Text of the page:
We’re only a little over a month from launch- we’re very close to being done but also have a ton to work on still. However we continue to endeavor to ensure that our work revolves around our deadlines, instead of our deadlines being decided by our work. Not sure how easy that was to understand, but basically- we don’t intend to do the Early Access stalling thing and have a set time frame we intend to release by.
That being said, onto the main topic at hand- illuminating what makes Dimlight City different from Fallout Shelter. The genre of “tower builder” is far more than just Fallout Shelter, but we feel this is the best game to make distinctions from as it is the most relevant contemporary competitor to Dimlight City. The intent of this post is not to trash one game or build up the other, but rather point out the differences in the two games for those that are curious about what makes Dimlight unique from its competitors.
1. Distinct phases of game time.
In Dimlight City, the game takes place in one of two phases:
Day time, where the brothel is closed and the player is responsible for building rooms, managing Gals, and doing general book keeping.
Night time, where the brothel opens and the player observes the efficiency of their brothel while… well, jacking off. Or at least touching themselves a little bit.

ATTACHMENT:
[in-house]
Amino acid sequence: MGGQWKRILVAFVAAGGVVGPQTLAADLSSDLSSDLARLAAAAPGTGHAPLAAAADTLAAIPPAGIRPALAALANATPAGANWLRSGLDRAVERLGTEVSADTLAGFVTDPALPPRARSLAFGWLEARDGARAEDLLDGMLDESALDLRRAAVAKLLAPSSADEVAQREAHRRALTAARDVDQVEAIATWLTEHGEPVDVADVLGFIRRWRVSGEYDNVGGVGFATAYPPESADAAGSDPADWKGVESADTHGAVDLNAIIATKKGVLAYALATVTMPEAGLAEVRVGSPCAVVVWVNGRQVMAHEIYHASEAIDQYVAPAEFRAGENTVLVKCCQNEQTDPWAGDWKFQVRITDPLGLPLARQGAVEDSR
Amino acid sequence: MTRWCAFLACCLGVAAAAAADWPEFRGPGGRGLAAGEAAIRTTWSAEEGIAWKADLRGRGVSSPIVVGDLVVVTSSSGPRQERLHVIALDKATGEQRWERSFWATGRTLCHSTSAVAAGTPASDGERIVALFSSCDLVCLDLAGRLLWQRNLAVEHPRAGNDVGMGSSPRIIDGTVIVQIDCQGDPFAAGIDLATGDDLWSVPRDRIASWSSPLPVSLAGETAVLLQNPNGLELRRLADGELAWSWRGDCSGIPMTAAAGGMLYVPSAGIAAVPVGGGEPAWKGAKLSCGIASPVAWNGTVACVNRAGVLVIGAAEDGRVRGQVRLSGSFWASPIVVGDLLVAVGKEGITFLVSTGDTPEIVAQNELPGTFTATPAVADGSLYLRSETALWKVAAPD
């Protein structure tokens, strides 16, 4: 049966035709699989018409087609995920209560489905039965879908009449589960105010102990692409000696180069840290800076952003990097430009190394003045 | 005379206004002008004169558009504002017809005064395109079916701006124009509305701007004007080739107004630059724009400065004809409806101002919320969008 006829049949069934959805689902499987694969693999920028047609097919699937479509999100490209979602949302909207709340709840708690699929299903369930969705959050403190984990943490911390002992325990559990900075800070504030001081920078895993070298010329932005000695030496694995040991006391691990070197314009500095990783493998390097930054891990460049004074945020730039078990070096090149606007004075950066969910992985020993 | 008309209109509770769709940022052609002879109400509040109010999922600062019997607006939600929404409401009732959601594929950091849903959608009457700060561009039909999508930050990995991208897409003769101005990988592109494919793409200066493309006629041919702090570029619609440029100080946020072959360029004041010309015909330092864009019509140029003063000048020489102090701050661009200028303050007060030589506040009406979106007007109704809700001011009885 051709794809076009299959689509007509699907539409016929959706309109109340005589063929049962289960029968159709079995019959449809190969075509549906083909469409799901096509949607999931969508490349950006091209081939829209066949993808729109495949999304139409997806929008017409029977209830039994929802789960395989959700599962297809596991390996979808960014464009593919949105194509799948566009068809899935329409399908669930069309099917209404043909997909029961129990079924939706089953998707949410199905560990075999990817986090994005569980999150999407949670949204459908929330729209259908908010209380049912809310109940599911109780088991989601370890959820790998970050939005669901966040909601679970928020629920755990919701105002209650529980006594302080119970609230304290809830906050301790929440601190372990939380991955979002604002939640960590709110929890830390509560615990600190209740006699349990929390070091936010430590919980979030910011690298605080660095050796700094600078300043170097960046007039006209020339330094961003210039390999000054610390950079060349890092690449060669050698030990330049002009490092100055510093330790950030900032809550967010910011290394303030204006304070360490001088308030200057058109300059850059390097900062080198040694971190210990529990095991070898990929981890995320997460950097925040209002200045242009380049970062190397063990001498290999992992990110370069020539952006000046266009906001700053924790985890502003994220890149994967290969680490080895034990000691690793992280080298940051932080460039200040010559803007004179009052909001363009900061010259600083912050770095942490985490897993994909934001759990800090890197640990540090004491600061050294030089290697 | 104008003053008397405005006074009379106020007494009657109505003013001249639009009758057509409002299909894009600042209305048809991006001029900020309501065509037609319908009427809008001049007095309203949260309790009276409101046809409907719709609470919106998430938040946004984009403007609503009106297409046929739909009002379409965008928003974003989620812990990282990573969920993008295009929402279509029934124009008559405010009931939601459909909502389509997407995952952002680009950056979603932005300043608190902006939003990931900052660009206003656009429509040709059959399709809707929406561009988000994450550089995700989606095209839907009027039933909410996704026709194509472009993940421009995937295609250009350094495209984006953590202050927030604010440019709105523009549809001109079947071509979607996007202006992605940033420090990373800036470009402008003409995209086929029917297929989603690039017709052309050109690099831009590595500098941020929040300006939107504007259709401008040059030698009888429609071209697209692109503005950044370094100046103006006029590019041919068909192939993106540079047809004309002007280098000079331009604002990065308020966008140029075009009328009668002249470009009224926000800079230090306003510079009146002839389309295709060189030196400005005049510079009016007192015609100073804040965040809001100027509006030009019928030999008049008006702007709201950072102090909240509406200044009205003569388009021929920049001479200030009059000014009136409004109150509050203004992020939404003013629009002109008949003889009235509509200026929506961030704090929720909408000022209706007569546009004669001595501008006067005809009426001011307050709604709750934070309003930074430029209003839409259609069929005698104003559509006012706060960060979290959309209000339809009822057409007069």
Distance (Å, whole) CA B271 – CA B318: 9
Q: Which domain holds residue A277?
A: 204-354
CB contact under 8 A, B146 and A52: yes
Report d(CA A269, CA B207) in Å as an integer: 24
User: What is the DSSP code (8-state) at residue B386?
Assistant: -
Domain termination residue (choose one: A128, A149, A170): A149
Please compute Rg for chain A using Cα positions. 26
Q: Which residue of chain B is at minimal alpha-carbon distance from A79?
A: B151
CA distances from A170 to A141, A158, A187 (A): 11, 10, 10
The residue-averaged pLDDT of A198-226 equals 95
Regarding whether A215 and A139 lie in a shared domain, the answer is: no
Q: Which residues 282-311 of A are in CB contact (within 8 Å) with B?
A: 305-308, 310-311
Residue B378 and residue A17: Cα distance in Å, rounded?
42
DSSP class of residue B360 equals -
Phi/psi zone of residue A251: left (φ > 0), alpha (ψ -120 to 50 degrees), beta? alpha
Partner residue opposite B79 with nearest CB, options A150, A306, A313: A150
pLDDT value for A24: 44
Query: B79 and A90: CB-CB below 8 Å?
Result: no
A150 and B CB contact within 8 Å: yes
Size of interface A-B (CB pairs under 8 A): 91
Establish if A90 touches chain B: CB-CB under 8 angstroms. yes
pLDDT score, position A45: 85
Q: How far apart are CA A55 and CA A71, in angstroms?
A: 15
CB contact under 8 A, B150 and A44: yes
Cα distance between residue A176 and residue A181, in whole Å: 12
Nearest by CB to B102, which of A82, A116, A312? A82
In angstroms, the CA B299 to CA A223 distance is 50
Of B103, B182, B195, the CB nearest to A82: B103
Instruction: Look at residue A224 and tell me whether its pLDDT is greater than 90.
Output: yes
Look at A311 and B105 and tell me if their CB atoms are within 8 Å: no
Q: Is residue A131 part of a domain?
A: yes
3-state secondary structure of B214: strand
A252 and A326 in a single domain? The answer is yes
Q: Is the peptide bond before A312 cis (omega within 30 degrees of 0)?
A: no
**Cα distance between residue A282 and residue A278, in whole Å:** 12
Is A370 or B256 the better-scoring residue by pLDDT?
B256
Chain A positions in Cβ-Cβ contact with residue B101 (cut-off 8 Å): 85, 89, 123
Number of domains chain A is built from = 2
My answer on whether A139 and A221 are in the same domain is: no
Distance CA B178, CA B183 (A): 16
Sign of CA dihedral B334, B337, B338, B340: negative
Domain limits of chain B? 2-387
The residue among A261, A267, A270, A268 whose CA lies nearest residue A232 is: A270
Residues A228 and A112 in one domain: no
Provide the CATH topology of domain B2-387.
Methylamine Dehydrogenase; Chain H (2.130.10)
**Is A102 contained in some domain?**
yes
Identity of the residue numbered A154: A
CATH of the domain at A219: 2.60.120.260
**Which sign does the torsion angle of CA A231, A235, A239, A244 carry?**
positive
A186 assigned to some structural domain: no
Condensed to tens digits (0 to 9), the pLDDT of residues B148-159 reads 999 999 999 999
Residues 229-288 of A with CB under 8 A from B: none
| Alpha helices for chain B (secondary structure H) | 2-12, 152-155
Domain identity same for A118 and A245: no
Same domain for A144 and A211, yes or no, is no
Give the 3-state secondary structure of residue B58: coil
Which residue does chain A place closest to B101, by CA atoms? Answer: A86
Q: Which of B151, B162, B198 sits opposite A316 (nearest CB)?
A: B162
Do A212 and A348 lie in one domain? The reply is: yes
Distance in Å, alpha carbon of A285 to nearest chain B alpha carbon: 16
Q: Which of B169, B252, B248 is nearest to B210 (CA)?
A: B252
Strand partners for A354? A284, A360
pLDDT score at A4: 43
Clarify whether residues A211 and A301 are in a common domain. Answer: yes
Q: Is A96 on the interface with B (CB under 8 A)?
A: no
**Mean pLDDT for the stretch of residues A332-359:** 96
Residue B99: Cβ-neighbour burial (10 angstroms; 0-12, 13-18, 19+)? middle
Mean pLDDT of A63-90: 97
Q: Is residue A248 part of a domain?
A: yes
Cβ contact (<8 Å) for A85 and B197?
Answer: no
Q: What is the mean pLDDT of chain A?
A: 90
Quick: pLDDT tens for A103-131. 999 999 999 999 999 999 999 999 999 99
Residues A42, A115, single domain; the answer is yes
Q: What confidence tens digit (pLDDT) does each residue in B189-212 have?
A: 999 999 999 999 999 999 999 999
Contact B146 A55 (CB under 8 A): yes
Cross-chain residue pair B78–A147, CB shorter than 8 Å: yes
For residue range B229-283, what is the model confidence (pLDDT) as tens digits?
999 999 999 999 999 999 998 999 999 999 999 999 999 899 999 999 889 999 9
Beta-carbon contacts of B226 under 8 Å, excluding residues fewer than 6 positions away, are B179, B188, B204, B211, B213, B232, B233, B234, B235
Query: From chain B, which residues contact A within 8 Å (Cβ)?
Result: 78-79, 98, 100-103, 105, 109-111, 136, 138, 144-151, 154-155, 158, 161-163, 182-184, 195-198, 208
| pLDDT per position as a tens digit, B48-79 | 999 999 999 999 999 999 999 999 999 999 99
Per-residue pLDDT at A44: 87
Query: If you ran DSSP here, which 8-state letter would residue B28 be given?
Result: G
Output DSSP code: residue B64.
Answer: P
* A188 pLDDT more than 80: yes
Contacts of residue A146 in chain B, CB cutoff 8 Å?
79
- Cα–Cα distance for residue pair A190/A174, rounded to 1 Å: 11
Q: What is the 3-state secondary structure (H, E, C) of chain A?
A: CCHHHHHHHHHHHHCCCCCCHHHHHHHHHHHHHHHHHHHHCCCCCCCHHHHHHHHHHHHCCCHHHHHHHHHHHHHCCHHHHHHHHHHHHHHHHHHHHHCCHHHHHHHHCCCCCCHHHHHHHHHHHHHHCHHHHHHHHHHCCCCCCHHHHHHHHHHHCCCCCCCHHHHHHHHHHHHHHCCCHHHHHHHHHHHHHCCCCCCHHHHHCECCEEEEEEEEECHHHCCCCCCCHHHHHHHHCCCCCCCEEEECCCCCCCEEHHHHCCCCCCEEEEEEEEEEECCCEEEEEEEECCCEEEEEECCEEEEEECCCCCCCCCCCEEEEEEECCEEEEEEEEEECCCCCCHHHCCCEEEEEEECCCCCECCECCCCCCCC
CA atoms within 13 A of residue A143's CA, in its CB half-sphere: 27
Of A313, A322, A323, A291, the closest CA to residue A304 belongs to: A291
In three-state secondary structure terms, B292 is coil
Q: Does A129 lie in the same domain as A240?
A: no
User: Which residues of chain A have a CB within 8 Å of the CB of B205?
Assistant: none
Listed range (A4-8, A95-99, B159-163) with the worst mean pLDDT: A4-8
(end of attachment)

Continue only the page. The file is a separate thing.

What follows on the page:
Daytime effectively pauses the game until the player commences with Night time, making the game feel more “turn based” and strategic. This is a stark contrast from Fallout Shelter in which the flow of time is constant and ever marching forward. Our difference in approach greatly changes the core gameplay mechanics and feeling of Dimlight City.
2. A Main, Focused Narrative.
I’m going to come out and say that Fallout Shelter’s mission system hands down blows ours out of the water. (haha, blows) However, it was not implemented as it is now on launch and mainly consists of side stories.
Our mission system on the other hand focuses more on propping up a beefy visual novel-like main narrative, complete with graphic and sexy scenes featuring pornographic artwork. So while our missions lack the mechanical intrigue and depth of Fallout Shelter, our focus on our writing we hope makes up for it and does just as much to engage our players.
3. Complexity of Models and Animations.
Vault Dwellers do a lot of things in Fallout Shelter, and likewise have a lot of animations. However, these animations are usually simple and not very intricate. This is not necessarily a bad thing, but simply shows that the scope of Fallout Shelter is above that of any individual Vault Dweller.
Due to the nature of our game, the focus is very much on our cute Gals when possible. Because of this there is more detail to their sprites, they have more layers and joints for animation, and many animations feature custom parts and unique angles. We might not have as many animations, but we’ve put more detail and effort into any individual animation. Again- this is not necessarily a representation of quality, but rather one of style and scope.
Which game is better? I don’t know and can’t say. Each one has a different purpose and covers a different level of granularity despite sharing certain core concepts and mechanics. We feel each game is unique enough that they even work well together as each title has a different “itch” that it aims to scratch. By all means, play both!